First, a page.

After many hours, we were down to about 15 pairs, and oh boy, they were tough ones. They knew where their calves were and figured they could come back later for them, so wouldn’t show a thing. Or, they’d fib and pick up a random calf, which was even more aggravating. The owner had specifically said to make sure the gate into that lot was closed when we left, so I couldn’t just leave those last calves for the cows to come back to.
Despite being late May, it was getting toward sundown by the time we finally let the last two pairs out. I had told the owner that they would be paired out, every last one, and they were. I never had a doubt that they were correctly paired as we’d worked hard at it. We closed the dragging gate for the last time and headed for the trailer.
We’d taken a short break in the afternoon to let our horses graze, drink and rest, and for us to have a sandwich. But otherwise, we’d been plugging away at the pairing up of those cows for nearly seven hours. I’d watched Cody bloom into a guy who could “see” what I was telling him. He had gotten handier than I’d imagined for a total beginner. His horse was a handicap, but he’d persevered. I suppose if you’ve never ridden a really good one, you don’t know how bad the one is you’re riding.
On our way home, we stopped at the headquarters to let the owners know the cows were on grass and for me to pick up my check. It was a long, long day and Cody and I were both pooped out, as well as our horses. I dropped Cody and his horse off at his place and told him I was proud of him. He thanked me for taking the time to teach him how to better handle his horse and how to work the cows.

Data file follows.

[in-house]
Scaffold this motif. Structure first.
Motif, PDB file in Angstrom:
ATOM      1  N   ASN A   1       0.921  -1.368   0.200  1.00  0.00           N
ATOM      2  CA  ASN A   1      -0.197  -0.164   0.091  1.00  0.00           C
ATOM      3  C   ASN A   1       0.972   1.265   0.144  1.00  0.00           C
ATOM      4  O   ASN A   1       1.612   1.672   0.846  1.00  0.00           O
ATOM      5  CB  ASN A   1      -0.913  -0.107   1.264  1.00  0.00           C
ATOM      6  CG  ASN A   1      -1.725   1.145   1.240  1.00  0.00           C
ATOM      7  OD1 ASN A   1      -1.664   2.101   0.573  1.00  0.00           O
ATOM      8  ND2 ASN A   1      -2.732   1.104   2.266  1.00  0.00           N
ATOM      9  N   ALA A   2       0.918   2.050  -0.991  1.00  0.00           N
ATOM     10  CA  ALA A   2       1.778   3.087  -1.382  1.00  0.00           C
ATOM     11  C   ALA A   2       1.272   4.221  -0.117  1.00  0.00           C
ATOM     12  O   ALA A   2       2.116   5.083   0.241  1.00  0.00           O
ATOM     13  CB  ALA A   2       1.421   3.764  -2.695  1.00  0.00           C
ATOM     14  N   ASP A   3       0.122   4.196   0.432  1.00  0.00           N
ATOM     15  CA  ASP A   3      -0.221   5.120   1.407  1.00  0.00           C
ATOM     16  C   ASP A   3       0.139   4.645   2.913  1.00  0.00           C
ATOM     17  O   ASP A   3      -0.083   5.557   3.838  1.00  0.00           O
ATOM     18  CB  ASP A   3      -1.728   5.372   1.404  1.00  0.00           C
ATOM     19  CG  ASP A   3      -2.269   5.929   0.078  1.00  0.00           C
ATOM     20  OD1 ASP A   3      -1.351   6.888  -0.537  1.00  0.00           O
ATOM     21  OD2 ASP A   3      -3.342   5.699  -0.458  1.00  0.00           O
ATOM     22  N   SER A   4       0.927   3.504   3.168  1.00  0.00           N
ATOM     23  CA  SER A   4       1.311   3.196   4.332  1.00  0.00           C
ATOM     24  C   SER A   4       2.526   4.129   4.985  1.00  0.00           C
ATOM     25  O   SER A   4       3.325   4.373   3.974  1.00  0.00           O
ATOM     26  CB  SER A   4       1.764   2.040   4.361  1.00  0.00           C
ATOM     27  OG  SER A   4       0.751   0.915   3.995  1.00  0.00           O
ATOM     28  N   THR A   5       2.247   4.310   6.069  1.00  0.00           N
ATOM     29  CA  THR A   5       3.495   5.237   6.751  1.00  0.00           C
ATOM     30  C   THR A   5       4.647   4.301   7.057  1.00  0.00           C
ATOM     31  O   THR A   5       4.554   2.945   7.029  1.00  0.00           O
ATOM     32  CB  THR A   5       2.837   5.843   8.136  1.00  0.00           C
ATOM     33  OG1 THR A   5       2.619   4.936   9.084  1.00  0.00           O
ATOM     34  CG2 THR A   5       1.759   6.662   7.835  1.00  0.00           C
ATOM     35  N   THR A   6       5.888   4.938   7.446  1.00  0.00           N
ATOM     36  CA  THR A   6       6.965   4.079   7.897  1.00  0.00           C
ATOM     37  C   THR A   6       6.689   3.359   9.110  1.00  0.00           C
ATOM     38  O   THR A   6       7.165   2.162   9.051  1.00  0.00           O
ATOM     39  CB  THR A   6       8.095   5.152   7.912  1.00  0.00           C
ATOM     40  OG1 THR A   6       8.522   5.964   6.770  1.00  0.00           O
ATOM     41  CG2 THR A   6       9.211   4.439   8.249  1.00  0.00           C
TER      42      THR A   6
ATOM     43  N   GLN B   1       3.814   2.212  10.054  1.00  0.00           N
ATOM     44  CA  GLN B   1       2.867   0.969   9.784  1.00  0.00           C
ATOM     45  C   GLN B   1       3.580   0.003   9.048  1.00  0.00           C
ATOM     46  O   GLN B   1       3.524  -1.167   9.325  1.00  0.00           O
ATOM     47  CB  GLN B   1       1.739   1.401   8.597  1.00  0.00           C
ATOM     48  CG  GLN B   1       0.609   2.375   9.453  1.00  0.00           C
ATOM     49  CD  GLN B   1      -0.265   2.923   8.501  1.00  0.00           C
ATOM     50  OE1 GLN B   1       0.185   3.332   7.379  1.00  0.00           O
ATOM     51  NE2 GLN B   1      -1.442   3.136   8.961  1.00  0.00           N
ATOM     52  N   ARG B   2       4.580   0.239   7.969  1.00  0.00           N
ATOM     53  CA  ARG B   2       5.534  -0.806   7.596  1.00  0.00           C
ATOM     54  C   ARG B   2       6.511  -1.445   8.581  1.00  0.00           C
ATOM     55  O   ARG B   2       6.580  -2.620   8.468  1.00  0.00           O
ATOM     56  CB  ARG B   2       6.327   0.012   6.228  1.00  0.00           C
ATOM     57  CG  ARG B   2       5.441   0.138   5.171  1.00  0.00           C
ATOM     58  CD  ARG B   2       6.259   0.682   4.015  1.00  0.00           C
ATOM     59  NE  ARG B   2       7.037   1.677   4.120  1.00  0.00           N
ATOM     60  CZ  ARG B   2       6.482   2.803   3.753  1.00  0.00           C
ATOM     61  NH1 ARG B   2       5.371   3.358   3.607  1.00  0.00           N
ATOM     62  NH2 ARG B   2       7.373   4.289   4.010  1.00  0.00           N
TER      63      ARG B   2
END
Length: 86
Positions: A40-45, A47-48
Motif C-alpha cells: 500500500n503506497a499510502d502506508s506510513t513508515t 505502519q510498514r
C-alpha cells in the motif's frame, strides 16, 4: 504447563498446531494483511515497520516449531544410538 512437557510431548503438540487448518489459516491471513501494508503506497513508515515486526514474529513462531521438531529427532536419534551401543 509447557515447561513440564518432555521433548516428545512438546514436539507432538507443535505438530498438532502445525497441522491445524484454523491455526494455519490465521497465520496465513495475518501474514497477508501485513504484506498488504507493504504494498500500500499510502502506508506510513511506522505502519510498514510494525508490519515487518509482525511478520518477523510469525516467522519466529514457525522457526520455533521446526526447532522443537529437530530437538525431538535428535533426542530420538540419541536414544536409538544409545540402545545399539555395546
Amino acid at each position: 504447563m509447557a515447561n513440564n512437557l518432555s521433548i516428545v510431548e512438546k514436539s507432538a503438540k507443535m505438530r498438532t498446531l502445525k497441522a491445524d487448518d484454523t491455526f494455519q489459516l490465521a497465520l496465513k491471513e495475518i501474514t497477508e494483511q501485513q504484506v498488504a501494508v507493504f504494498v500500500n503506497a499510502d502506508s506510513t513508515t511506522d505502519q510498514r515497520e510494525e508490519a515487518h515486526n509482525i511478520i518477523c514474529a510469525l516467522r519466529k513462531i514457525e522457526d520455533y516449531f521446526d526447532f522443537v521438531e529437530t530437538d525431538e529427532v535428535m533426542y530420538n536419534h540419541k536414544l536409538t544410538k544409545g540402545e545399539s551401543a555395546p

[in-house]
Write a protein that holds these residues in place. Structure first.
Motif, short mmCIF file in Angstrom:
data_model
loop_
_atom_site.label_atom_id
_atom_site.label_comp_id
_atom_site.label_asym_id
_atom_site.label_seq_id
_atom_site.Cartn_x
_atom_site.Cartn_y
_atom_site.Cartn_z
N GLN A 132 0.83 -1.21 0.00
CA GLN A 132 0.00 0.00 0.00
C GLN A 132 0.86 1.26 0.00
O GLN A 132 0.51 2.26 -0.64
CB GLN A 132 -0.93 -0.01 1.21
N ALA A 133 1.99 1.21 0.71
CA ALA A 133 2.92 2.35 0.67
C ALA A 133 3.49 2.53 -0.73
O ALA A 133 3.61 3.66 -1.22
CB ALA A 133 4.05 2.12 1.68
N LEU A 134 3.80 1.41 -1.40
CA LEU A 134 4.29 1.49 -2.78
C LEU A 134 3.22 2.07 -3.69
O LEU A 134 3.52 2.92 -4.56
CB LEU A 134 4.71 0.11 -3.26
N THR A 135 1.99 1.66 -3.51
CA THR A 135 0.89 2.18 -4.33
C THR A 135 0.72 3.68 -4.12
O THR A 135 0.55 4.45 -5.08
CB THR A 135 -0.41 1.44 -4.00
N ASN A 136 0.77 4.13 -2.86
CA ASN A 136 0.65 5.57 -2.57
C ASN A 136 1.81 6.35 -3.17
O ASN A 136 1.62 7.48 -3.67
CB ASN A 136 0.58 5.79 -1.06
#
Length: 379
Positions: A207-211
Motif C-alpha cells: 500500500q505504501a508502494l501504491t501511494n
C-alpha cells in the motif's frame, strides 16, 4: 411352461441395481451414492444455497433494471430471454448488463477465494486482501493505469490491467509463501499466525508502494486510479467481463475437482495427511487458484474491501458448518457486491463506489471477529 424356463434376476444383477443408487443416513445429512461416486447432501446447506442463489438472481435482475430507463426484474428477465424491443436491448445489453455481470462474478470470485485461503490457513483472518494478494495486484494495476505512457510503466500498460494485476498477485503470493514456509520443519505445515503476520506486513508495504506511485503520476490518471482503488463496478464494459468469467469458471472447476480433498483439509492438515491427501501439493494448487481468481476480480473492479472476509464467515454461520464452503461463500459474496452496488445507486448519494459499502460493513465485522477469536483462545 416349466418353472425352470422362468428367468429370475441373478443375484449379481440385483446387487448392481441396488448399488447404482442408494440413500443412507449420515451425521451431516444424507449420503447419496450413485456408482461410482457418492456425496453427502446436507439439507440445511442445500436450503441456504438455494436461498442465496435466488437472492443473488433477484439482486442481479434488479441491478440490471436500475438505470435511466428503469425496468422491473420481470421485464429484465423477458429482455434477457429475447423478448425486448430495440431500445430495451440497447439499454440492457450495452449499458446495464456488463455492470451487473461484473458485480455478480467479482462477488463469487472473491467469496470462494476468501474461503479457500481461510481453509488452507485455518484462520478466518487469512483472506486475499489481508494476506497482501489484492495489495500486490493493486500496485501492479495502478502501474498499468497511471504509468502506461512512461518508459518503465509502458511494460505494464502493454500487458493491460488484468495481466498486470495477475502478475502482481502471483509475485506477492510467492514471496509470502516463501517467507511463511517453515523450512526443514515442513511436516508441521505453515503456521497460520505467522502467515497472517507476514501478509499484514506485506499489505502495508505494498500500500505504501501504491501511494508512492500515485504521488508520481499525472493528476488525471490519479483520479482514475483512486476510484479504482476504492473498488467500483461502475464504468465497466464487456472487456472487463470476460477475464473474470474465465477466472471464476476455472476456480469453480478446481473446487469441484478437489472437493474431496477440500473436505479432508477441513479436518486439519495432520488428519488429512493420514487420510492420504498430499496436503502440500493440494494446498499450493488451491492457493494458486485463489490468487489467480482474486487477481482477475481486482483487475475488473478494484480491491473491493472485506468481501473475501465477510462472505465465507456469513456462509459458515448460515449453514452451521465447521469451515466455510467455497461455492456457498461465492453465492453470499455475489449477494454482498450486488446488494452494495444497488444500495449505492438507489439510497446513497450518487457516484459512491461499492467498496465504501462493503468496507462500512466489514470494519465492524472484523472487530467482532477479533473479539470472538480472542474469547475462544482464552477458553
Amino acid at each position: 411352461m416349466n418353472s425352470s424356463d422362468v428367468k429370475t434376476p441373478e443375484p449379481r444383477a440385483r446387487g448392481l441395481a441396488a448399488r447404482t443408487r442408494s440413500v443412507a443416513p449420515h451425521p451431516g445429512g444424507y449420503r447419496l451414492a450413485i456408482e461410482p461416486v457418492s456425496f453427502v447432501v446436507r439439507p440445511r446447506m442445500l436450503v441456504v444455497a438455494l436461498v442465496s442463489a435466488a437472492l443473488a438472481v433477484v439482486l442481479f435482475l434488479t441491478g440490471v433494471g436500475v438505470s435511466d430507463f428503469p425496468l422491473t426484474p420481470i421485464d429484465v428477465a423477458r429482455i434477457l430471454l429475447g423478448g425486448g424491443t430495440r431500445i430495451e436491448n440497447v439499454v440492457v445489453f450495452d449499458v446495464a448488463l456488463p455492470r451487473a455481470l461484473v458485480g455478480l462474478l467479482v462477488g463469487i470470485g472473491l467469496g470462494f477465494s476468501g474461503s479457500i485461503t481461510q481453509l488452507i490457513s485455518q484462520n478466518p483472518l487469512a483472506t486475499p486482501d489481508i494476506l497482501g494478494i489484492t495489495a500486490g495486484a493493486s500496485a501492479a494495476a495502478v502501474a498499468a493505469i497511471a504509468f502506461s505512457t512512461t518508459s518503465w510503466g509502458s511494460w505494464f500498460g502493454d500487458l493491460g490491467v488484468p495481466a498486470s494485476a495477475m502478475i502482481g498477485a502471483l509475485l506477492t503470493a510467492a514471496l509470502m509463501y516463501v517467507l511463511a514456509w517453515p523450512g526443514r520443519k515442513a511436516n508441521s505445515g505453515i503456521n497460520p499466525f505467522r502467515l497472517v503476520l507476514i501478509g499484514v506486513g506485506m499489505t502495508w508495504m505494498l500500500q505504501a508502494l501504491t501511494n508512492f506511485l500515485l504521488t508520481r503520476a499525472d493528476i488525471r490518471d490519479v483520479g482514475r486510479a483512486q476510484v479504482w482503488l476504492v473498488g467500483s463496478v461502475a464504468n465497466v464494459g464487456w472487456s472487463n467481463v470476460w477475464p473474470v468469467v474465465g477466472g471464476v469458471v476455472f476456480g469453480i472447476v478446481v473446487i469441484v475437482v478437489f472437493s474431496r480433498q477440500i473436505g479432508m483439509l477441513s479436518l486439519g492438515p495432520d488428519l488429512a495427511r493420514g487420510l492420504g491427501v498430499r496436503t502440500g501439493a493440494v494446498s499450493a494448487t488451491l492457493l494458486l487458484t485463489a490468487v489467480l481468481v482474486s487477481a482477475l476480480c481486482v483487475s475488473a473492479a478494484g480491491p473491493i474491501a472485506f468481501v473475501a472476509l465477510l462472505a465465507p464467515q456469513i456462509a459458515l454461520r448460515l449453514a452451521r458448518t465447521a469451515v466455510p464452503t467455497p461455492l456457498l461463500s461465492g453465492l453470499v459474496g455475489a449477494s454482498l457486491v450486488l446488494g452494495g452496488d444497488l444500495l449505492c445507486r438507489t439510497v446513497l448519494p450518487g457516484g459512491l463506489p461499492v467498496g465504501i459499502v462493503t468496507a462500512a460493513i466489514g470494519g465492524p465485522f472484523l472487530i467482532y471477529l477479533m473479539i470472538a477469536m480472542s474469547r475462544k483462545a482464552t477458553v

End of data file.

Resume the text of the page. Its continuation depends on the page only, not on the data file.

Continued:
Usually I would have been a little peeved at the circumstances, but one guy with a lot of try made up for day’s disadvantages. That calf number book would have sure been handy and quicker, but the job still got done, old school. I enjoyed Cody’s company and willing heart. I never saw him again as he moved to Oklahoma shortly after that. But, I don’t doubt that he’s succeeded in life at whatever he’s done. He was the kind to do it.

Posted in: Featured, Ranch Life

About Jan Swan Wood

Jan was raised on a ranch in far western South Dakota. She grew up horseback working all descriptions of cattle, plus sheep and horses. After leaving home she pursued a post-graduate study of cowboying and dayworking in Nebraska, New Mexico, Montana, Wyoming and South Dakota....